Galesburg Register-Mail from Galesburg, Illinois on July 30, 1973 · Page 2
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Galesburg Register-Mail from Galesburg, Illinois · Page 2

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Galesburg, Illinois
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Monday, July 30, 1973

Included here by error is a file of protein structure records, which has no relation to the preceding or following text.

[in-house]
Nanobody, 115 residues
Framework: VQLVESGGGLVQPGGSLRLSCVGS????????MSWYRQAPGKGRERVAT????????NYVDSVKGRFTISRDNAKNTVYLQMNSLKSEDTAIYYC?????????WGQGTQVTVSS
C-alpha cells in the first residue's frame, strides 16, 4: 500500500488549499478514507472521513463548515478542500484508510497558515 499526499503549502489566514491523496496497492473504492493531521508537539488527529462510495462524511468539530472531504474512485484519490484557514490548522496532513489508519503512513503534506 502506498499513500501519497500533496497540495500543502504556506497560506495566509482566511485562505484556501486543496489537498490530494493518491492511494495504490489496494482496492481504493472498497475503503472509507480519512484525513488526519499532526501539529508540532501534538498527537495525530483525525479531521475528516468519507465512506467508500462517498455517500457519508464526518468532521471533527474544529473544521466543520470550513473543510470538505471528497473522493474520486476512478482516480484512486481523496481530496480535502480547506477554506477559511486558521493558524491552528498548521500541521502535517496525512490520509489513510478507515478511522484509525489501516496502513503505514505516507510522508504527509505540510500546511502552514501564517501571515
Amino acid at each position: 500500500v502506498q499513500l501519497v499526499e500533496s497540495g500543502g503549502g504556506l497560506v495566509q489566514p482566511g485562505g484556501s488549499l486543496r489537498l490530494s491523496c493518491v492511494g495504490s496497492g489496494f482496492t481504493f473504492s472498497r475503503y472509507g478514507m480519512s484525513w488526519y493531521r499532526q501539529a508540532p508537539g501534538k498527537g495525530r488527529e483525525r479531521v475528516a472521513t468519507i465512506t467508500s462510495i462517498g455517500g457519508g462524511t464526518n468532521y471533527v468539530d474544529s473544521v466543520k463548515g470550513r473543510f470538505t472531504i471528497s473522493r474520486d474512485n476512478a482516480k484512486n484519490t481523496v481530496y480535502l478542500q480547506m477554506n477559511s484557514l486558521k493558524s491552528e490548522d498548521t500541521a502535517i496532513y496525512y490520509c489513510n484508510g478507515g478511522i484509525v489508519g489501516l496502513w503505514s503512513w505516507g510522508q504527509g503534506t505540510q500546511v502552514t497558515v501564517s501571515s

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A ws nty Make Rec By NORMA CUNNINGHAM (Staff Writer) A majority of Knox County residents are willi&B to some effort to recycle wiste materials, according to a comprehensive waste* management plan completed under the direction of Diiane M. Moore, associate professor of geology at Knox College. The study predicts that resale of paper, glass, aluminum and mixed non-ferrous metals should yield $535,000 a year, while expense for col* letting, separating and marketing of refuse would be $360,000 a year. The initial investment to get the plan rolling would be $987,000, the study says. ^— A survey conducted by Moore's students show that 71.3 per cent of persons inter* viewed would be willing to separate their refuse prior to collection, and 63 per cent of those surveyed would be in favor of an ordinance requiring separation. Most persons surveyed were in favor of the plan because they felt it could be helpful in solving the environmental problem. THE PLAN proposes that householders separate refuse into three categories — paper, glass and metal, and garbage. Paper and garbage would be picked up by a collector once a week, glass and metal once a month. The program would produce 15,900 tons of paper, M00 tons of glass* 680 tons of aluminum and 131 tons of mixed, nonferrous metals, according to the study* tt is suggested that the difference between the income produced by the program and the expense be used to amortize the initial outlay. The study proposes a site of 300 acres near the intersection of 1*74 and 111. 97, since it would be close to the population center and served by highways and railroad. ON THE SITE wbuld be a processing plant, a storage area, and an area on which to spread compost and sanitary landfill. The study claims that if the area were properly fenced and landscaped, it would bring no more tion than any industrial activity. . Pointing out that an education program $rouid be need* ed to make the plan work, the study proposes that communities and individuals should be served by a county service, Large containers would be placed outside the population centers of Galesburg, Knoxville and Ab* ingdon so rural residents could place refuse in them. The study suggests that each fifth Friday on the calendar could be declared a "free day," and individuals could haul la>ge bulky items such as branches, brush, junk autos and discarded appliances and furniture to the landfill site. .. 4 . A metal building of ISO by 60 feet would be on the site. The first step in the operation would be the separation of palter, would be the major contributor to a landfill — more than 50 per cent. The study also points out that paper Would be the major source of income a possible $142,560 a year. THE STUDY proposes that h- organic garbage could be composted, cutting down on the material to be buried, Compost could be'u&d as fer* tilizer, and the life of the landfill would also be lengthened* \ Metal items such as tin cans, metal appliances and junk autos could be stored, the study contends, for a fu­ ture market when scarcity of metals and freight rates a need for recycled metal, It is proposed that a portable shredder could come to the county periodically to reduce such items to small + V t shewefs ftorth, tome thUAdMIUMM iguth; Jgm geftett W .*™»> d ><w likely soUtti; um 1ft ffte flto Jrt»m SW north to vpptt W» smith. sunny ahd tmit Tuesday ^WHH td€ JUL WfAfttttfi hifhs T7'85 ftorth ahd 1ft the «Oi ttfttpeMtee, % mofftlftfs south. low. 85. Sk£Cloudy, Wlfld «oUth at 16WA: BitiftdiMtttfiM . mmLB£$& ^SflSw rc*rtw&-« easier storage. Initial cost to put the re* cycling plan into operation, according to the study, would ,000 — $300,000 lor a rait and a mtie cow** tfy« itite Tuesday; highs mid 7W north to lower rai louth. WESTERN ILLINOIS A WtlMM showers of. thunderstorms tonight. Partly Cloudy and MM hwrild Tuesday; high in the mid ios. I EitTii«>ii >VontcAi , f .ILLINOIS: Fair Wedneaday thrwih Friday, wittt «^Jggl Wednesday followed by1 warming trend beginning Thursday night. MfitAfttttf ttimmb-fM-tow • | • •... BUfUnfton-M HI* 0 .2 Peorla-12 .5 fall »1 Havana-M fill. o.t Bearditown--W| fall «.i St. Charlea—«.» fall o.s attMUMMttfinttlil development of the site, $10,000, site maintenance, $547,500 lor $210,004 f6r latter and $95,242 for transportation. Recurring expense for* keep* lng the operation going would r 1 1. _t (Continued on page 3) Lawmaker A Knox County Board mem* ber today objected to the Knox County Fair's practice of distributing complimentary tickets to board members* James H. Nelson, D-3rd, said he is returning two guest tickets he received. He contended that (Certain improprieties may have taken place in dispensing the tickets. "Since the county board ofi which I tarn a member appropriates funds for the Knox County Pair Assn., I believe it is questionable whether myself, or any elected official 4 Dallas Laws Bail Bond should ects > Free Fair t i ' receive gratuities in any form, no matter what the amount. The taxpayers have been victimized on the national, state and local level long enough. It's time at the local level to start cleaning up," Nelson said in a prepared statement. RICHARD M. BURGLAND, R-lst, board chairman, said today board members have been given the complimentary tickets for years. "He (Nelson) is certainly entitled to his opinion. However, I don't feel that receiving two tickets would compromise me or affect how I would vote on an issue," Burgland said. Wendell Farris, Knox County Fair secretary, confirmed it has been a practice many years to send the tickets to board members. send the "Certainly we ard members tickets. V/e want them to come and review the operation, criticize and offer suggestions. I don't know a better way to get that accomplished, do you?" Farris said the fair board is under the county board's jurisdiction to a certain degree. He said the county provided the ground on which the fair operates, and the property would revert to the county in the event the fair should ever cease to exist. THE COUNTY board each year allocates $400 to the fair .association and grants a beer- only permit for the run of the fair. The issuance of such permits to fairs and agricultural expositions is provided given to the fair is oni!y "a nominal amount" in the total "It's operation of the fair. but have just a token, out we never asked for an increase because we knew the county probably couldn't afford to increase the allocation," he said. Farris said, in his opinion, for in state statutes. Farris said that the |400 Set at $20,000 Bond for accused murderer Dallas Laws, 28, was set at $10,000 on each of two counts this morning in Knox County Circuit Court. Laws was given copies of the charges of escape and aggravated battery lodged against him as a result of his Nov. 13, 1971 Alight from the Knox County Jail. Knox County State's Atty. Donald C. Wooftsey told Laws hat should he come up with brad on the two charges, he wouW immediately be brought back into court where hail would be discussed on the. murder charge pending against him. No bail was ever set on the murder charge which was filed against him March 10, 1971. giving two complimentary tickets does not compromise any board member. "It is customary practice by every county fair in the state where the fair is any way connected to the county," he said. r w • Hearings Are Set In Knox County Strip Mine Suits Donald J. Deets, 48, of ,478 N. Pleasant Ave., died Sunday at 12:45 am. at Cottage Hospital. Ill since March, he .had been hospitalised intermittently. He was born Jan.. 10,1927, at Seattle, Wash. Mri Deets was* real estate broker in Galesburg, and owned Deets1te^(t^.''«rt Western Estates Development Co. He was a past president of the Galesburg Board of Realtors and the Multiple Listing Ser- JACKSONVILLE," jlll. (UPI) vice. He also was a member of -Morgan County Sheriff's po- the Galesburg Chamber of Com- lice today continued their merce, * was chairman Of the search for two men who broke Henderson Street Business out of the Cass County jail Fri- Assn., and was a member of day night. , First United Presbyterian V 7 Three prisoners fled from the Church, jail Friday night after threaten- Mr « Deets served in the Navy ing the only guard on duty with during World War II. He was a home made knife. The third graduated from Galesburg High man involved in the escape, Scho(il attended Monmouth Oiarles^Ford, 18, Chicago, sur- c „ where h was a mem . rendered Saturday morning af- ^ e . ' A1 • - rx~^~ ter walking the 16 miles from ber of A1 P ha Tau 0me 6 a fra " Virginia to Jacksonville. ternity. v wu tu . Surviving are his mother, The other two fugitives, Mrs . Helen Dee t S ; two sons, Joe Charles D. Costa, 24, Boston, ^ Jeff and two daughters, Mass., and Julius Brewer, 33, Colorado Springs; Colo., remain- Hearings have been set in two ^St^S^ Cal *mel cases involving the county and *riaay mgnt jau oreaK was me the American Smelting and Re- third for Costa and BiwerJ |ji • ^ • Midland Coal Co. who were transferred to the I J- II C >JJ1/1I1JJ1I12 £S9 fining Co. A hearing has been set for Cass County Jail at Virginia af- T # j Thursday at 10 a.m. in the suit ter escaping from the Brown IllVeStlffcllPXl filed by, the mining company County Jail in Mount Sterling ™ TMT rApSnrr ^ m nm\ against Knox County; its zoning twice. MOUNT CARMEL, HI. (UPI) — Authorities Monday mvesti- Morgan County authorities Donald J. Deets . . . funeral Wednesday Barbara and Debra, all of Galesburg. Funeral will be Wednesday at 1:30 p.m. at Hinchliff-Pearson- West Chapel where visitation ard of appeals; Robert Masterson, weekend firebombings zoning administrator; n „ n „ „ . . 11 AC(rtOM 0 — o- and Donald C Woolsey; state's ***** car used in ™* esca ?p that followed several instances „.i mu u —.11 ^ *u«. abandoned near Jacksonville of van^iiah since July 4. attorney r The suit contends that . . , , u , reclamation standards set by andA Punched a, search for the county violate the coal com- 5**** ? n fJ BAr€Wer - Authorities pany's constitutional rights. , M rt , , 4 A1 _ . , f .^ , , A ^ A A hearing has been set for sonville Sunday but the pair | high school and $500 damage to the samfe day and hour in Knox continued to elude police. County's suit against the mining Firebombs during the week- beiliwe^ end caused $200 damage to the a vacant house. Another fire- firm and the State Department i Ji^l T?i+gmA of Mines and Minerals. The suit 1001011 r 1 et5U asks a judicial review of the IJ X7 . Kirlnan ^c state permit aUowing the firm "J ^viuildpcia to mine land in Copley and J n A t*cr^nf-insi Victoria townships during the 111 -^Fgenuna Laws was aiwatting trial on the homicide charge at the time of his escape. He had been changed with the March 3, 1971, murder of Mrs. Elizabeth McKiimey, a Galesburg waitress. 'Yes, Sir' Laws' only response when he appeared in court today was do answer, "Yes, sir," when Judge Gale Mathers asked if he was without funds. Mathers then appointed John Blake as public defender for Laws on the charges of escape and aggravated battery. Wililiam Heiming was appointed public defender for Laws on the murder charge June 29, 1971, and he wiil continue in that capacity when Laws is tried on that charge. Helming is reportedly on vacation for two weeks, and Woolsey said he would notify John Beiers, special prosecutor of that fact. Beiers, who is a member of the model state's attorney project which is funded through the Illinois Law Enforcement CftnrcmiiS^^ will hanjle the prosecution of the murder change since Woolsey may appear as a witness during the course of the trial. The state's attorney said a list of 65 witnesses has been furnished to the office of the defense prosecutor, Woolsey refused to speculate on when the case might come to triad or •the length of the trial, saying that all aispects of the prosecution would be up to Beiers' office. Back to Jail Laws was returned to Knox Delta Queen Triumphs coming year. BUENOS bomb was thrown into the front seat of an unoccupied state patrol car causing an estimated $400 damage. Arson was suspected in two other blazes—one causing $300 will be Tuesday evening. Burial wilt be in Oak Lawn Memorial Gardens. i Three Teen-agers Drown in River 4 In Thunderstorm I J L 1 CHICAGO (UPI) - Three teen-age youths drowned early Monday after their 8-foot fiberglass dinghy capsized in the Chicago River during a thunderstorm. ,, \ The victims were identified by parents and friends at Cook County morgue hours after fire department scuba divers recovered their *ies. J • They were Joseph White, Richard Briewer and Frank Sagadin Jr., all 19 - year-old Chicago residents. Witnesses said the men disappeared as they swam for the south bank of the river near Cincinnati's Delta Queen nosed out Peoria's Julia Belle Swain by a mere 40 feet during a race yesterday on the Illinois River at Peoria. The race, which took half an hour, was followed at water level by hundreds of pleasure boats while on shore thousands watched their hometown favorite go down in defeat. It was the first steamboat race on the river in 51 years. UNIFAX (UPI) Ghbrii AIRES, Argentina JS M ^T O S I elevator and La **** street brid « e British businessman dan,age 10 a gram elevator ana I today, an official of Roberts Finance Company, Lackwood's •i Street Improvement Starts September End Expected A TXJrimZd another wiikh hit on Moot tall Will T «-T imtarces of vandal- SerVe Watergate fa™ cnM cairs were driven over COLUMBUS, Ohio (UPI) ™™' saM1, greens ait the city's new golf Watergate will be on the menu his course, ruining three of the at the restaurant-lounge open- kidnapers had asked a record greens; a half-dozen fire hy- ing this fall at the Court House ST. LOUIS (UPI)-^Presidents $6 million for the financier's drants ware ihialiciously opened Square in Boston's downtown of the Illinois tod Missouri return but there was no official and some 30 to 40 tombstones [area. • T 1 Farm Heads Urge Beef Freeze End . Unofficial report «ald Farm Bureaus called today for announcement that amount had W ere overturned at a cemetery. President Nixon to remove the * ,esn Other items include F. Lee i beef immedi- By ANDREA FERRETTI (Staff Writer) Galesburg's massive street improvement program is under way and all target-streets listed earlier this month, plus a few more, should be upgraded by September, James Morrow, di rector of public works, said today. Bids on some $300,000 worth of street work, to be financed with revenue sharing funds and state motor fuel tax dollars, will be let Aug. 13. This had not been done sooner because the state just approved the motor fuel tax portion last week, Morrow explained. "If we're lucky they'll get done this year," he commented. Streets scheduled for repairs soley with state motor fuel tax funds were selected last fall and received state approval individually at various times earlier this year. Bids have already been let on these. Work has been started on all of these except Seldon and Kellogg streets because of hospital work in the area. Lone Bidder Street County Inom the Peoria County) All bids awarded to date have Jail only a short time before gone to Gunther Construction he appeared in court and left Co. City Manager Thomas Herr- the courthouse j n the custody ing today said Gunther this year ot two deputies to be returned was the only company to sub- to Pwria Oaimty within mo- mit bids on street work. In ments of his court appearance, [years past other companies also Jfc was lodged in the Peoria have bid on street projects, he he was brought (added. The city also has started work on oil base streets which have curb and gutter. Most of This too is financed primarily with motor fuel tax funds. At this point, oil base street work has begun on the east side of Galesburg but construction crews have been held up because of rain, Herring said. ' Streets Lilted • * Oil base streets scheduled for repairs include: South Henderson Street from the south city limits to Sixth Street; Sixth Street; Accommodation Street; Louisville Road from Fourth halfway to Henderson Street; half a block of West Prospect Street, west of South Academy Street; Third Street between South Henderson Street and Avenue A; First Street between South Henderson Street and Abingdon Street; West Knox Sfreet between South Henderson Street and liberty Street. Cross Street; East Berrien Street between South Cherry Street and South Kellogg Street; Gravel Road; East Davis Street; South Cherry Street from East Davis Street to Fifth Street; Chambers Street from East Davis Street to Sixth Street; Day Street from East Davis Street to Fourth Street; Fifth Street from Chambers Street to Day Street and from Lombard Street to South Faroham* tion of East South Street; half ately. Jomge Kidd, personnel manag-|$500 of ths The city recently offered a (Bailey and a Legal Aid Clinic, reward for information Chef Bill said leading to the conviction of per- Watergate Mazey will be said a a grilled price ceiling er of this company Lockwood, 63, was freed sons responsible for the van- bacon, lettuce and cheddar club Harold B, Steele, Illinois "somewhere in Buenos Aires.' 1 dolian. sandwich. •esident, rec- ((T w „, „ tU _ B _ la » The outbreak followed a city of Washington Street; Illinois Avenue from East South Street Farm Bureau presiaeni, rec- (([ don , t kmw where {ye fa „ ine ouroreaK IOIIOWW a city He described the F. Lee to Main Street; Sheldon Street; cranended lifting the ceiling Kidd told newsmen "I also 09 ^ &t P 0 *** *?' Bailey as an open-faced prime Mulberry Street from Famham « to get it dl wcr with ^ once » don » t ^ ^ was ^ groups of youths who were con- rib and the ^ Aid ^ Street to Illinois Avenue, J fM Uw gregating on Market Street at a beefburger. night, after fighte had broken Dietrich Avenue; South West North Fleasant Avenue; Street from Kings Canyon Boulevard to Bandy Avenue; Water Street from Columbus Avenue to North Pleasant Avenue; Marston Avenue from West North Street to Grove Street; West Losey Street from the west city limits to Ruby Street; Ruby Street; West Fremont Street from the west city to Hawkinson limits halfway Frank Street from South Famham lufth Street from (Cwrti/iued on page 3) no euro ana gutter, these streets will be reseaietf. Street to the south city limits; Chamberlain Street; McMasters Avenue; Whiting Avenue; the northern half of Wisconsin Avenue; East Knox Street from Wisconsin Avenue to Michigan Avenue; about tour blocks of the most eastern sec- Avenue ; Sweetbriar Pfcce to Hawkinson Avenue. Benard Street; Harvey Street; Union Street; Fair Acres Drive; Scotch Elm Lane; the north Section of-Clark Street; West Sanborn Street from Academy Street to West Street; Broad Street from Park Lane Drive to Carl Sandburg Drive; Lincoln Park Drive; Carl Sandburg Drive from Lincoln Park Drive to Broad Street. Walsh Avenue; Morton Avenue; the north two blocks of Beecher Avenue; Yates Street from Rock Island Avenue to Moshier Avenue; Williams Street; part of Soangetaha Road and Seminole Drive; East Grove Street from Whitesboro Street to Farnham Street; East Fremont Street from the eastern city limits almost to Highway 74; Klein Avenue. and encourage production and tor his freedom." allow beef prices to react to Lockwood, abducted near his Jg»Jj^ 'fff^T^i " c ¥ J he Court House Square will the market. home in tne smart Buenos zens complained. me longer the lid is clamped ^w* 1 ^., °L ^SSS^i ? e J**" T J" i . xt. last June 6 > 1S the director of r^i^ j^ve j^g m special dep- ^ oSw i„ on meat prices, the more criti- ^veral important companies in KandPoUce to Si in u£ 7* nly attorne y s » cal the situation will become, Argentina. t^tnr* a complex of lawyers' ~ . . w . ^^^w on/ i offiqes. The restaurant will P _ e l^_ n ^ to the luncheon\prbwd, but will and the longer it will take to get out of a meat shortage | MortOU Collision situation," C R. Johnston._ Missouri Farm Bureau presi- IH UlS £ MBVSOTIS dent said. Johnston predicted consumers marked cars at night. feature a gourment m^nu in the evenings. could expect beef prices jump when the ceiling is lifted on Sept. 12 but that they would drop as more beef reaches the market. r He cited a "worldwide food shortage," and predated shortages sooq on fruits and vegetables as well as meat. "Let's get the government out of agriculture and let the market system work," Johnston urged. Both men blamed the government for over-reacting to consumer anger and boycotts as the reason tor the current scarcity of meat. "With controls in effect farmers were unwilling to take the risk that they might be producing more crops and livestock only to lose more money" Steele said. to MORTON, HI. (UPI) ^ Two SPRINGFIELD (UPI) Authorities Probe Driver Dies If t * V * - ELKVILLE, 111. (UPI) ^pringlield Death ly Dean George, 43, DuQuoin, Bil- — was killed Sunday when the car n n*aM« 1,511*41 ™A O 4U\~A „ „ ; • i L ..he was driving went out of con- persons were killed and a third Sangamon County sheriffs of* trol on u. s . 5 1, struck a gravel was critically mjured^Sunday in Uee sa |a today it was continu- ^ and overturned into about a two-car collision at the inter- ing the investigation into the ^ f ee t of water at the edge section of Illinois 150 and Ten- death of a Springfield man found 0 f the Elkviile City Lake, au^ nessee Avenue on the east edge i n a WO oded area near here thorities said, of this Tazewell County com- s^m^ay. m Ti y " ... ., .r. , , ? olice identified the victim as Collision Fatal Authorities identified the dead Qeorge H. Emery, 84. MASCOUTAH> 111. (UPI) as Mrs, Miriam Klaus, 64, Eure- Authorities said Emery's bad- Dorothy Singler, 49, New Baden, ka, and Milton Willis, 51, East \ y decomposed body was found was killed early today when her Peoria. Mrs. Klaus' husband, Joseph, 63, was listed in critical condition at St. Francis. Hospital in Peoria. Woman Killed LIBERTYVILLE, 111. (UPJ)- Lois M. Mullen, 36, Villa Park, was killed and six persops were injured, none seriously, Sunday when a car driven by Mrs. Mullen's 15-year-old son, Guy, collided with an auto driven by Marilyn J. Talluck, 23, Waukegan, on Interstate 94 ne&* here, police said. Saturday driving through the woods. young couple car with tractor trailer on Illinois 161* DISTILLERS BREWERS SALES COMPANY DUE 2395 CLOSED AUGUST THE MRS. MARY MOWER "i w 9